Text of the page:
Philippines coach Chot Reyes has conceded he didn't hear any Australian Boomers racially abuse his players during last week's ugly brawl in Manila.

In an interview on SportsCenter Philippines, Reyes was asked if Australia's players used derogatory terms to describe the Philippines players.

"No, I can say honestly that's fake news," Reyes said.

"I didn't hear or didn't have any notion that they were calling our players those terms at halftime, so I didn't see it."

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This Reyes' statement occurred before racism claims were made by freelance photojournalist, Winston Baltasar.

In an interview with Australia's ABC Radio program The Ticket, Baltasar said Australian players called Gilas Pilipinas players "monkey" during the game and before the fight.

Baltasar, however, could not identify which Australian players he heard using the racial slur.

The Australian Basketballers' Association (ABA) and Basketball Australia released a joint statement on Sunday slamming the claims Baltasar alleged were made during the fight-marred game between Gilas Pilipinas and Australia at the FIBA World Cup Asian Qualifiers at the Philippine Arena in Bocaue, Bulacan on July 2.

"We take these allegations against our players extremely seriously and are deeply disappointed the ABC should choose to publish them, Basketball Australia Chief Executive Anthony Moore said in the statement.

The fight resulted in 13 ejections. The Philippine and Australian basketball federations are awaiting further disciplinary action from FIBA.

"We did hear the word 'monkey' being thrown around ... I couldn't hear exactly who said it, but I did hear it, and like I said when the Boomers were up by 30 points I don't think words like that should be thrown around," he said on the ABC.

The Australian Basketballers' Association CEO and former Australian Boomer, Jacob Holmes, categorically refuted the claims made by Baltasar.

"The allegations made by Mr Baltasar are unsubstantiated and highly defamatory and we are reviewing our legal avenues to address them,'' Holmes said.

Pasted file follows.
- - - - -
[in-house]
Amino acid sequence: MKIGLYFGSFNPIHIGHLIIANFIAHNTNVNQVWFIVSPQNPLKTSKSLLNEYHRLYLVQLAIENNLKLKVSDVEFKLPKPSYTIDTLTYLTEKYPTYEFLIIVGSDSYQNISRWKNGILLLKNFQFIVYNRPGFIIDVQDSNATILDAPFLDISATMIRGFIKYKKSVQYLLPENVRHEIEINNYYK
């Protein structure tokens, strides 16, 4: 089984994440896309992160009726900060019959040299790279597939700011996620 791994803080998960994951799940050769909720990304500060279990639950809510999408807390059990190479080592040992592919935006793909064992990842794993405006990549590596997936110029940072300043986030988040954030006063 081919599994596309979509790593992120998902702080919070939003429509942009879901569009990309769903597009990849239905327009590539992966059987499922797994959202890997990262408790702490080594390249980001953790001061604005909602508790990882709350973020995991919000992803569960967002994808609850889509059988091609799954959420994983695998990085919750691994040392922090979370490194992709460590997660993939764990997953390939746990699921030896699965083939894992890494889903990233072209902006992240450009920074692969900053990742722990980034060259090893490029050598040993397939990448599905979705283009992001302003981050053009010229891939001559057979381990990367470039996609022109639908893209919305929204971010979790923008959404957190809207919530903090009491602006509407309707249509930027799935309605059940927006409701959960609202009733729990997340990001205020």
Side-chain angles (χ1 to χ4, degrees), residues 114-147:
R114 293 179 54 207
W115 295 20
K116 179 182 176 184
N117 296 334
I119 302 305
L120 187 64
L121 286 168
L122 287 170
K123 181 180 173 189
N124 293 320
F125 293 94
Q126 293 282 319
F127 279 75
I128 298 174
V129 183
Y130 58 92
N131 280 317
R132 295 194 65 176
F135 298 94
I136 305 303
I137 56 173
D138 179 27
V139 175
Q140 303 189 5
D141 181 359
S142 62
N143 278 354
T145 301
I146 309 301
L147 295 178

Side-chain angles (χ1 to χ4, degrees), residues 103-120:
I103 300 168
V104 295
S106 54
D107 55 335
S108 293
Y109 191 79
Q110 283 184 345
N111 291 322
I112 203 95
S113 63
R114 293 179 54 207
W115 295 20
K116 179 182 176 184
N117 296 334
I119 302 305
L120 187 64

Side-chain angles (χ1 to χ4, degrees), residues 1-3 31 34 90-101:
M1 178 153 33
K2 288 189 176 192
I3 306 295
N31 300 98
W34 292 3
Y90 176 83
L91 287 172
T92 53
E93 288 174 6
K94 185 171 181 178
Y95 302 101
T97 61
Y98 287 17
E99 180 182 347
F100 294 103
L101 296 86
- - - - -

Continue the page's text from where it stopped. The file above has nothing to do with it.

"The Boomers pride themselves on their inclusive and diverse composition, just like the country they represent and the comments made by Mr Baltasar and republished by the ABC have caused immense distress to our players.

"At no stage was Basketball Australia or the ABA contacted for comment before the allegations were published, in a clear breach of the ABC's own editorial standards."

Basketball Australia Chief Executive Anthony Moore said: "Australian basketball prides itself on being a diverse sport that embraces all sections of the community. We take these allegations against our players extremely seriously and are deeply disappointed the ABC should choose to publish them."

The Boomers squad for the game in Manila included Milwaukee Bucks NBA player Thon Maker who came to Australia after fleeing the war-torn South Sudan.

World governing body FIBA has put together a disciplinary panel to handle the charges that will come out of the brawl which resulted in 13 players being ejected.

Australian guard Chris Goulding was punched, kicked and hit with a chair. His teammate Nathan Sobey was also struck with a chair and coward punched.

A fake tweet trying to falsely paint Goulding as a racist was widely condemned in the aftermath of the incident.

The Philippines team accused Boomers forward Daniel Kickert of kicking Filipino players in the pre-game warm-up the game but vision clearly shows the home side instigated the incident by trying to trip Kickert.